She would answer him regardless of her schedule, particularly if it concerned Master Stark, Jarvis knew that, but the possibility of having to wait for such a stressful situation to resolve itself-. Jarvis halted that thought process. Miss Potts would want to know. Jarvis would have wanted to know regardless of his ability to affect the outcome.

She answered, of course, and Jarvis attempted to outline just the facts of Master Stark’s condition.

“Oh, God. Jarvis, is he going to be ok?”

“Yes, Miss Potts. Agent Romanov and Dr. Banner will assist me. There were four of us present during the incident; Master Stark was only in momentary danger.”

There was a pause. “You were at a charity dinner.” Miss Potts sounded appalled.

“The inconsiderate nature of the criminal element knows no bounds.”

Miss Potts choked back a slightly hysterical giggle.

“Agent Romanov has returned. We must begin. Do you wish to remain on speaker?”

“I-. Tony?” she asks.

“Master Stark requested sedation. Dr. Banner has already put him under.”

There was another pause, the silence somehow more significant. “I trust you. I’ll be home in less than an hour.”

The phone clicked off and Jarvis turned to Agent Romanov.

“Tell me what to do,” she said. Her small, strong hands were scrubbed clean, and Jarvis nodded in approval. Behind Master Stark’s head, Dr. Banner nodded at them both; his vital signs were stable.

“As I did earlier. We will have to remove and lift the reactor to detach the connected wire, run a new one in, connect it, and then seat the reactor again. We must be fast.”

“Got it.”

“You will do only as I say.” He wanted to offer a more stringent warning, but it was unnecessary. Agent Romanov knew every nuance of a threat directed at her. Jarvis’ ability to harm a trained assassin might have been minimal, but the effort and intent still showed through.

“I won’t hurt him,” she said steadily.

Jarvis checked with Dr. Banner one more time about Master Stark’s vitals, and finally beckoned Agent Romanov to his side.


Tony woke up in his own bed, a faint soreness in his chest the only reminder of what might have been a fatal shot. His hand went to the arc reactor automatically, and his fingers tangled with Pepper’s over the comfortingly warm surface, even and smooth under their hands.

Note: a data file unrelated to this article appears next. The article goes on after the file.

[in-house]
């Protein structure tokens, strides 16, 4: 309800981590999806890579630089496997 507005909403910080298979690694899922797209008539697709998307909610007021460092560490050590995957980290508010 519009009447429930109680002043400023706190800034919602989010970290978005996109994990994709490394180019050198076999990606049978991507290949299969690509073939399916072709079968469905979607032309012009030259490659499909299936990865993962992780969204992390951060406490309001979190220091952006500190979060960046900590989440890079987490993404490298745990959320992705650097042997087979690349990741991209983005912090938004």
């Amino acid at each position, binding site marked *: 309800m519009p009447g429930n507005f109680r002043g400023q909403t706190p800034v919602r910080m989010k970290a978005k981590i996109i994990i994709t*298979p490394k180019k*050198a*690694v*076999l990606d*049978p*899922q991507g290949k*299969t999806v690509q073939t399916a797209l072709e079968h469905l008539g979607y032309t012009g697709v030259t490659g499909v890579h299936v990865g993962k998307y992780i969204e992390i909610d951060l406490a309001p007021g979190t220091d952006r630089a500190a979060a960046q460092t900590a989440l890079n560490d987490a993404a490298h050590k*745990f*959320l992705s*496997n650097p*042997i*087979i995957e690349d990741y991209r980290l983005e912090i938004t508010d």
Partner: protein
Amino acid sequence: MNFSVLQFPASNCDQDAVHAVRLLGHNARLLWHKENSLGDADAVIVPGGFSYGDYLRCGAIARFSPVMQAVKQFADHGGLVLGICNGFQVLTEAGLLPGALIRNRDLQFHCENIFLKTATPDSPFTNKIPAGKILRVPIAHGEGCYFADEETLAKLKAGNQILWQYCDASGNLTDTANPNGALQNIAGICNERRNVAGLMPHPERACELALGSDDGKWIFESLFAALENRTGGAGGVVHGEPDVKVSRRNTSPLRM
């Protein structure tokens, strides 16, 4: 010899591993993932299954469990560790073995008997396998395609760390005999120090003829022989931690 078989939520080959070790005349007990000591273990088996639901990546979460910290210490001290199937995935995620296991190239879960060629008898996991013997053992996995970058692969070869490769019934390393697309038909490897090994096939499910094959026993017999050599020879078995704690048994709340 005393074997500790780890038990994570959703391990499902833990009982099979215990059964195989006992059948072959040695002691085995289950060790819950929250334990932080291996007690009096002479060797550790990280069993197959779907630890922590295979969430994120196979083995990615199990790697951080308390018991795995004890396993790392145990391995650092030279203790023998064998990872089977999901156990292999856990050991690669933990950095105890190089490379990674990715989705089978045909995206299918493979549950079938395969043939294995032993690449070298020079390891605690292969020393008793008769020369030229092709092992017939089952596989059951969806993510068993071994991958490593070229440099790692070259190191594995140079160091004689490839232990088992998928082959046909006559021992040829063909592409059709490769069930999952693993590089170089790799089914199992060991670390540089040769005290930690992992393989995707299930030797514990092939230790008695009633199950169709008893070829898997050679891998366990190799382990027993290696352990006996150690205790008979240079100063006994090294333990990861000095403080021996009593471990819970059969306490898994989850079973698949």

She woke up, blue eyes staring at him, luminous in the pale glow. “He’s ok, he’s asleep, and there’ve been no assembly calls.”

Tony reached over and ran his fingers through her hair, wondering a little at how his priorities had changed in less than a year – was Jarvis ok, did the Avengers need him, those were two of the first things on his mind, and she knew to answer them at once.

“Thanks,” he said. “Didn’t mean to cut your trip short.” I didn’t mean to scare you again, is what he means, and she hears that too.

“Why do your charity dinners turn into shootouts now?”

“Because some people are morons and assholes. How’re you?”

“Better now that I’m home. I’m getting you chipped with a transponder so I know where you are.”

“As long as you get one too.”

“Why, Mr. Stark, was that a wedding proposal?” she teased.

“If you want it to be, no objections here. I mean, I got a ring and everything and these plans for a string quartet at one of your favorite restaurants-.”

Pepper pressed her fingers to his lips to get him to shut up.

“Tony, I barely had to cut my trip short at all.”

“I’m feeling slighted here.”

“No you’re not. I didn’t need to run out of D.C. like my shoes were on fire this time because I knew you were in good hands.” She ran her hand down the side of his face, her fingers smoothing the strays hairs of his goatee, and pulled him into a kiss. “You let Jarvis put you under.”

“I wasn’t having a good time with everything,” Tony said quietly.

“You still asked him to. You trusted him to put you out while…”


“I knew you were going to be ok. I just wanted to be there when you woke up. I already thanked them, him, for taking care of you.”

“You’re the best and I love you. You know that, right?” Tony said, running a thumb across her cheek.

“Were you serious, earlier?” Pepper asked.

“Serious like shrapnel to the heart.”

“That’s not funny.”

“It’s a little funny.”

Pepper rolled her eyes and sat up. “Ok, you can chip us.”

Tony rolled over fast and pulled an injection gun and iodine swabs from the nightstand.

“You’re ridiculous,” Pepper said lightly, even as she pulled her hair to one side. Tony disinfected the area and pressed the gun to her shoulder. She grimaced as it popped, shooting the transponder in, and snatched a swab from Tony to do him.

“Ow!” he whined, as she pulled the trigger.

“Big baby.” She kissed him again, hugging him close, feeling the warmth of the reactor pooling between them. “I’m expecting the ring later. With the quartet at the restaurant and everything.”

“And me on one knee with violins swelling in the background,” Tony promised.

“I’ll say yes, so don’t worry about getting humiliated in public.”

“Because that’s always been such a huge concern for me.” Tony laid them back down, and stared at her with eyes full of wonder. “Pep, why now?”

She didn’t seem surprised at the question. “Because I can handle it. Before… it was all the long gunman thing. There was never anyone that had your back when you were out there, but now-.”

“What about Rhodey?”

“He would have, if you let him. But you’re you, and you thought…”

“My way or the highway.”

“Trust issues,” Pepper corrected. Correctly.

Tony kissed her again, soft and slow. “I know.”

“You let the others have your back now. And I knew last night you were going to be ok.” She kissed him this time, warmer, more urgently. “I love you.”

Tony let himself be born back on the bed, and gave himself up her.